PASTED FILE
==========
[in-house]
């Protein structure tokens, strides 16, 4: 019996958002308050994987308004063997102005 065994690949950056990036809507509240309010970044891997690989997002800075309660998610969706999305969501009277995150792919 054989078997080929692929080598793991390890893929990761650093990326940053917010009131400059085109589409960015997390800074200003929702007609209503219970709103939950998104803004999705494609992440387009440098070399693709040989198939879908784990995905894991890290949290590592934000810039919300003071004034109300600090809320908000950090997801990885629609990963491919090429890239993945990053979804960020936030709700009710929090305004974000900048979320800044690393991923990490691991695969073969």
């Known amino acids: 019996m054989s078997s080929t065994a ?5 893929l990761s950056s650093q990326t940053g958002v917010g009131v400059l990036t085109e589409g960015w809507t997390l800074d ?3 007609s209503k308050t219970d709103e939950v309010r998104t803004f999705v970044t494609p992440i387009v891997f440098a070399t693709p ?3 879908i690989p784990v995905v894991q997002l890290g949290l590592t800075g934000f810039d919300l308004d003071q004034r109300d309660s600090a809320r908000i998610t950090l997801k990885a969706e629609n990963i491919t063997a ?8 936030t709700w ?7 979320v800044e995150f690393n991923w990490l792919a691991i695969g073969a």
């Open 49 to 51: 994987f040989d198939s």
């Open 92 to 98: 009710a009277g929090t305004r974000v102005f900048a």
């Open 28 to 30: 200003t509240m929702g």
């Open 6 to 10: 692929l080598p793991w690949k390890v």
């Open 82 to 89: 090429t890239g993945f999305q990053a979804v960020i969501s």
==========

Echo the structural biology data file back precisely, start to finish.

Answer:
[in-house]
């Protein structure tokens, strides 16, 4: 019996958002308050994987308004063997102005 065994690949950056990036809507509240309010970044891997690989997002800075309660998610969706999305969501009277995150792919 054989078997080929692929080598793991390890893929990761650093990326940053917010009131400059085109589409960015997390800074200003929702007609209503219970709103939950998104803004999705494609992440387009440098070399693709040989198939879908784990995905894991890290949290590592934000810039919300003071004034109300600090809320908000950090997801990885629609990963491919090429890239993945990053979804960020936030709700009710929090305004974000900048979320800044690393991923990490691991695969073969």
């Known amino acids: 019996m054989s078997s080929t065994a ?5 893929l990761s950056s650093q990326t940053g958002v917010g009131v400059l990036t085109e589409g960015w809507t997390l800074d ?3 007609s209503k308050t219970d709103e939950v309010r998104t803004f999705v970044t494609p992440i387009v891997f440098a070399t693709p ?3 879908i690989p784990v995905v894991q997002l890290g949290l590592t800075g934000f810039d919300l308004d003071q004034r109300d309660s600090a809320r908000i998610t950090l997801k990885a969706e629609n990963i491919t063997a ?8 936030t709700w ?7 979320v800044e995150f690393n991923w990490l792919a691991i695969g073969a």
């Open 49 to 51: 994987f040989d198939s």
């Open 92 to 98: 009710a009277g929090t305004r974000v102005f900048a």
């Open 28 to 30: 200003t509240m929702g």
């Open 6 to 10: 692929l080598p793991w690949k390890v």
């Open 82 to 89: 090429t890239g993945f999305q990053a979804v960020i969501s």